3 up, 3 down: Yankees 6, Angels 5

The Angels' bullpen, so dominant since early May, unraveled to open the second half as the Angels lost 6-5 at Yankee Stadium, with New York rallying from a 5-2 deficit in the eighth inning.

The Good:

Yankee killer. When you do things in New York, you can no longer do them with relative anonymity, as Mark Trumbo has this season. The Angels' most powerful hitter mashed a Hiroki Kuroda fastball in the seventh inning for a three-run blast. It was his 23rd home run and carried to the left-field bullpen, a distance of about 435 feet. Trumbo has homered in five straight games against the Yankees, so now everybody will know his name when he walks down Fifth Avenue. If they don't, they'll just make up a few of their own. MVP candidate for sure now.

Escape artistry. C.J. Wilson had a man at third, nobody out and Mark Teixeira, Alex Rodriguez and Robinson Cano coming up in the sixth inning, the Angels already trailing by a run. None of those hitters could get the ball out of the infield. Later, he stranded a runner at third with one out. Wilson didn't pitch in the All-Star Game because of some blister issues on his left middle finger. Who cares? If anything, that's good news for the Angels, since they could open the second half with Wilson and give Jered Weaver a few extra days of rest.

Still going. It's fun to watch Mike Trout even when he's doing relatively mundane things, at least by his standards. He dribbled a single up the middle and stole second (on a play that wasn't close) and roped a double into left (and stole third). It wasn't Trout's most spectacular night, but it continued his positive momentum heading into the final 2½ months. That's important to this team that has absolutely fed on his energy since early May.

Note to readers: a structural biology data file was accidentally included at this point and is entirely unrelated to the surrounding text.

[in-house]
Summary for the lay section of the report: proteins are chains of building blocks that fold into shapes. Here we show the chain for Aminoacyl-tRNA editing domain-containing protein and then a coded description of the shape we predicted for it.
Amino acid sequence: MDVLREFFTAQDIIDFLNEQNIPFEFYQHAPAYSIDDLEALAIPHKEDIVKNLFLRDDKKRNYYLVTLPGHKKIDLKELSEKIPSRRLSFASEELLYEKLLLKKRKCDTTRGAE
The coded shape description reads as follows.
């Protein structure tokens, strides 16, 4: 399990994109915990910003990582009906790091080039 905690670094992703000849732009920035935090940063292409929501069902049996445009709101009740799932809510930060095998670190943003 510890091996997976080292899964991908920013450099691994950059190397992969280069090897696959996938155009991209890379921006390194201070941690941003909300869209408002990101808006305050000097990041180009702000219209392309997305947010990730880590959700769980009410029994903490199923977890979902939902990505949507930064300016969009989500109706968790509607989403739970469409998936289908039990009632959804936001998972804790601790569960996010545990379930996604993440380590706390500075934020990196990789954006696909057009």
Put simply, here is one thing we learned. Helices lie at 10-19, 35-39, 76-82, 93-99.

The Bad:

Downer. How good had Scott Downs been? Not only hadn't he allowed a run, but he hadn't even allowed more than one base runner in an outing since June 22. That came to an end at a dramatically bad time. Downs hung a breaking ball to Mark Teixeira and the slugger hammered it into the left-field stands. Downs had given up one earned run all year. Now he has given up five.

Baffling base running. Does any team run into outs more giddily than the Angels? Much like earlier in the season, a fairly mediocre pitcher was able to sail into the latter innings, in part due to some unnecessarily aggressive base running. It's one thing to let Erick Aybar or Mike Trout run, but why put Trumbo and Alberto Callaspo in motion? Each of those guys were involved in swing-throw double plays. Howie Kendrick ended the game trying to reach second on a pitch that bounced in the dirt and dribbled about 15 feet from home plate.

What to do? Vernon Wells took batting practice on the field before Friday's game and Mike Scioscia said he would begin a rehab assignment once he can hit pain-free for a week. OK, so let's say Wells is about two weeks or so away from returning. That means Decision Day, which the Angels have been dreading, is rapidly approaching. Wells clearly no longer has an everyday spot, and is he really even deserving of at-bats at the expense of Kendrys Morales or Torii Hunter? What do you do with a player who's going to cash $42 million worth of checks from you in the next two years and no longer has an appreciable role? Stay tuned.